Apart from asserting that the review and reconsideration of Mr. Jadhav’s conviction “must be effective”, the ICJ has offered little guidance on how it must be carried out. It is known, from the Avena judgment, that providing Mr. Jadhav access to a clemency petition (as Pakistani law does) is an insufficient form of review, since it does not entail the use of a judicial mechanism. The Pakistani Supreme Court, in Said Zaman Khan v. Federation of Pakistan, ruled that the state’s civilian courts could only review the decision of a military tribunal on the narrow grounds of coram non judice (i.e., an absence of jurisdiction) or mala fides (bad faith). It is unlikely that Mr. Jadhav’s denial of VCCR rights falls under either category. However, the decision in Said Zaman Khan is under review, following the Peshawar High Court’s attempts to widen it in 2018, in the Abdur Rashid case.

Heading back to The Hague?

The outcome of the latter case may well portend the use of a civilian review mechanism for Mr. Jadhav’s case. Even if the Rashid case fails, Pakistan could potentially be required to alter their laws to provide a more effective review mechanism for decisions of military tribunals: a fact alluded to by the ICJ, which stated that “Pakistan shall take all measures to provide for effective review and reconsideration, including, if necessary, by enacting appropriate legislation” [emphasis added].

Ultimately, though neither state will admit it, the Jadhav decision will be a bitter pill to swallow for both India and Pakistan. For Pakistan, making a significant alteration to its legal system would amount to an admission that the ICJ’s judgement was a public admonition of Pakistan’s judicial review mechanism: a prospect Pakistan is unlikely to welcome. For India, any review mechanism that fails to acquit Mr. Jadhav will be seen as procedurally unsound, and an attempt by Pakistan to further shirk its international legal responsibilities. It does not help that both countries have dug themselves into holes by thoroughly politicising the ICJ’s verdict.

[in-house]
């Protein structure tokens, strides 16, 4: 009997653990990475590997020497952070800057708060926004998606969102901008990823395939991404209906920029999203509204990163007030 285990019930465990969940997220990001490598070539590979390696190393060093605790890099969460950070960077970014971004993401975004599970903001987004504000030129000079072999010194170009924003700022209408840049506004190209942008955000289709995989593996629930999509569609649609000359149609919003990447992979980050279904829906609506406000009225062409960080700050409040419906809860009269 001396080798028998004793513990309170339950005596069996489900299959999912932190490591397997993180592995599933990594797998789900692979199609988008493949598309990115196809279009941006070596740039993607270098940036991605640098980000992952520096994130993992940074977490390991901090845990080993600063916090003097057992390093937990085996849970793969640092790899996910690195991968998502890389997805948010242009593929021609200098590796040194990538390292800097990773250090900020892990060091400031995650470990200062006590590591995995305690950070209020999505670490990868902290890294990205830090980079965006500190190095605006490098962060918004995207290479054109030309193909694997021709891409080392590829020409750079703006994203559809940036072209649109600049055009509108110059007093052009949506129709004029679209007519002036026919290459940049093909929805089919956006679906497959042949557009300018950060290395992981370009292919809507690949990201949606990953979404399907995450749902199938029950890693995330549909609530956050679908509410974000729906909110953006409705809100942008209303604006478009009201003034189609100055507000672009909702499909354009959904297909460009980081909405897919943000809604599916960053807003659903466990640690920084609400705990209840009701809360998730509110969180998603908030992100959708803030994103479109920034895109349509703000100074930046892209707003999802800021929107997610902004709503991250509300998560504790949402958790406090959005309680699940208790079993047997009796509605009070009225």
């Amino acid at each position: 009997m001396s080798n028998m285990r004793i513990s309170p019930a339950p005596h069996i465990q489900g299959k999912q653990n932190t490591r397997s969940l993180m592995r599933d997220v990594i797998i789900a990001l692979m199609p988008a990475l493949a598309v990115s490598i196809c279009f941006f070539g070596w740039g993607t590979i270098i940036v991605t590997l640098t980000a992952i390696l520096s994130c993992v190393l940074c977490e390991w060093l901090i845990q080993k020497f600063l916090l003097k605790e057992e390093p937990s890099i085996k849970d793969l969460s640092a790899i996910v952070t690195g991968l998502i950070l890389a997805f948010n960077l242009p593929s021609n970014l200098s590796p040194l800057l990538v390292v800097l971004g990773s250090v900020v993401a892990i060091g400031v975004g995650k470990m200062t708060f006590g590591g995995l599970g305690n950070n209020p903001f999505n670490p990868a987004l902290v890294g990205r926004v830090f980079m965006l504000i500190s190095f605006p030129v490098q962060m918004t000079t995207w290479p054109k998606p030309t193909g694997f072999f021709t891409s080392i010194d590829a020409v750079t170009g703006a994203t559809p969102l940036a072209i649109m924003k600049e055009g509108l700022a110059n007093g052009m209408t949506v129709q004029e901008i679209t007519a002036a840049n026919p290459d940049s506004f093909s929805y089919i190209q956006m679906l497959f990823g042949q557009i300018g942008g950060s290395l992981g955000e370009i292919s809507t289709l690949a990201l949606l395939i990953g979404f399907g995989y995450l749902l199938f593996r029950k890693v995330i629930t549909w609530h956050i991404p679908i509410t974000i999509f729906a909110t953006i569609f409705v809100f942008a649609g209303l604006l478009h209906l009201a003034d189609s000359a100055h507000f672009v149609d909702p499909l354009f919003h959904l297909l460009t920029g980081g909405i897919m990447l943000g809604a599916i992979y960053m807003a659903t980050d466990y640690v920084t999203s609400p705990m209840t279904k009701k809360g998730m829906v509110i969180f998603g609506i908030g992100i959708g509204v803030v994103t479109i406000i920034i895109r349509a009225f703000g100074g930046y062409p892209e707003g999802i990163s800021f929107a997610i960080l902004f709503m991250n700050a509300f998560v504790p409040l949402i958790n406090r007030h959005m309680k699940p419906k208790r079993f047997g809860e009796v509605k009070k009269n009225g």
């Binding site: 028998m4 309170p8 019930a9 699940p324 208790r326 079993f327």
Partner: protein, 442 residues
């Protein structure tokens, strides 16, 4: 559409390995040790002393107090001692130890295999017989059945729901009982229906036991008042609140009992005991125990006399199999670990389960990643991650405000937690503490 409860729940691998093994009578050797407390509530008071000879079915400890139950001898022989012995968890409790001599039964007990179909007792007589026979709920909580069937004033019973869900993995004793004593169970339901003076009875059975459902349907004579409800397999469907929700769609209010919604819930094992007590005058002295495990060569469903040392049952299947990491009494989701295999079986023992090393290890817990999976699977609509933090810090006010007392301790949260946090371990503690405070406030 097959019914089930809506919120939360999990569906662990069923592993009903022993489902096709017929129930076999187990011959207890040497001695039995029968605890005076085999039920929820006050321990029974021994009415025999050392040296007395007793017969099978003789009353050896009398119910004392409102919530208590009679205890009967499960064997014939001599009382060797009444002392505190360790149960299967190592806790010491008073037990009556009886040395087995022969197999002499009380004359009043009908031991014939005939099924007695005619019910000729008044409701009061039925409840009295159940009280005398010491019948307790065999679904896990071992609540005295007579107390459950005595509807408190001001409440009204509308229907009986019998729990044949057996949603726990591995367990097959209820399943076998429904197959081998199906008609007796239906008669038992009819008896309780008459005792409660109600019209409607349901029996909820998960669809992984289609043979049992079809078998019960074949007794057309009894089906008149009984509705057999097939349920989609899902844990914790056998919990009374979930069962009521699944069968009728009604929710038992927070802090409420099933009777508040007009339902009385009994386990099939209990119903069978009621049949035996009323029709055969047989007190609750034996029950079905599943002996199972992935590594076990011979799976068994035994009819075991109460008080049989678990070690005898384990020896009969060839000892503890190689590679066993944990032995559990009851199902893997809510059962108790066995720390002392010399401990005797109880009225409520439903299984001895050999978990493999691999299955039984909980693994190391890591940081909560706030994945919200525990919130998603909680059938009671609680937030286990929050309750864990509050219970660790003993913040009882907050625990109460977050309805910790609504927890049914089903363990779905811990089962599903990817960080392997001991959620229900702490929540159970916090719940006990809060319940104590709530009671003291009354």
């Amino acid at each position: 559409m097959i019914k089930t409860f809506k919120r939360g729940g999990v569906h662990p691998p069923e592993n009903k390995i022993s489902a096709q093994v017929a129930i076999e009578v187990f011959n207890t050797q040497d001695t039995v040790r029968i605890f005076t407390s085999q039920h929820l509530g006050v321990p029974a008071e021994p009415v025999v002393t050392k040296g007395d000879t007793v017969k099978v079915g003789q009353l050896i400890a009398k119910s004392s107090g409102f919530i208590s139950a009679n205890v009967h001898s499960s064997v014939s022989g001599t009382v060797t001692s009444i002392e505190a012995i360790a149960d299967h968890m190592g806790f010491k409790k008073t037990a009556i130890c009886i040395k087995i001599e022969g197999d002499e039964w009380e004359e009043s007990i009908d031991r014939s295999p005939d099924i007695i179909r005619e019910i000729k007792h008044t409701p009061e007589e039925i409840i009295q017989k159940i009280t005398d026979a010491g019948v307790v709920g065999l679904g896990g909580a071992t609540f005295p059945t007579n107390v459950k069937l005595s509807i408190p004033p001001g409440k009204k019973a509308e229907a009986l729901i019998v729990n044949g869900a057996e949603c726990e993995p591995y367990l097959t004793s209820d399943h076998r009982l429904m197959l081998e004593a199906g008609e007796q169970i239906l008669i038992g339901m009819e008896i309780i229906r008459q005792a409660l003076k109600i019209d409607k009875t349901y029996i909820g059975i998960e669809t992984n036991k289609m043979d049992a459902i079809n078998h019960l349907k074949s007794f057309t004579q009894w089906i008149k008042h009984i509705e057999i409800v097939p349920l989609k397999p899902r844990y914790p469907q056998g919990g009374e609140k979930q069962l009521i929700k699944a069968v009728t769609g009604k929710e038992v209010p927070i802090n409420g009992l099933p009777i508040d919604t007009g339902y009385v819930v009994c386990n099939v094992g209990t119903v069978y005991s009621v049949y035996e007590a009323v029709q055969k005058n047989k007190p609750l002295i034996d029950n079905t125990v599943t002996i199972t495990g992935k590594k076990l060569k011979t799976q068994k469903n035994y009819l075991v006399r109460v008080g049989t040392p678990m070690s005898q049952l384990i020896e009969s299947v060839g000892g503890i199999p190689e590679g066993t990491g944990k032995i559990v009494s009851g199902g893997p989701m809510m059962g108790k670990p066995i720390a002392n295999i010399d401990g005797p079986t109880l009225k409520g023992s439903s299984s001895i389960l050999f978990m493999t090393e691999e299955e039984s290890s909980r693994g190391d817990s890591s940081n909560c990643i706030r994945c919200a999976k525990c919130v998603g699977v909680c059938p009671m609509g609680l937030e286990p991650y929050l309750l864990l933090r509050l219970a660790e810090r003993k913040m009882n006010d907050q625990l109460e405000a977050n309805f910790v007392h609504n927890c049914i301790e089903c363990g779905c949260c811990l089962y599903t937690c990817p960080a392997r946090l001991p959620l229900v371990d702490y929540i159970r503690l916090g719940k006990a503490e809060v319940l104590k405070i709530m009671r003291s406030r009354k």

The likely consequence is that, irrespective of what review mechanism Pakistan implements, both nations will be soon be back, knocking on the door of the International Court: the ICJ’s Statute allows parties to approach the court again, asking it to interpret its judgment. Signs of this outcome can already be witnessed, with Pakistan refusing India unimpeded access to Mr. Jadhav through a note verbale issued mere weeks after the ICJ’s decision. India’s counsel, Harish Salve, has publicly stated that the state will not hesitate to return to the ICJ if Pakistan’s conduct proves to be unsatisfactory. It is increasingly likely that we haven’t heard the last of the Jadhav litigation. For now, however, the ball remains in Pakistan’s court.

Vanshaj Ravi Jain is a DPhil candidate and Rhodes Scholar at the University of Oxford


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Printable version | Oct 15, 2021 8:43:18 PM | https://www.thehindu.com/opinion/op-ed/not-the-final-word-from-islamabad-and-delhi/article28968924.ece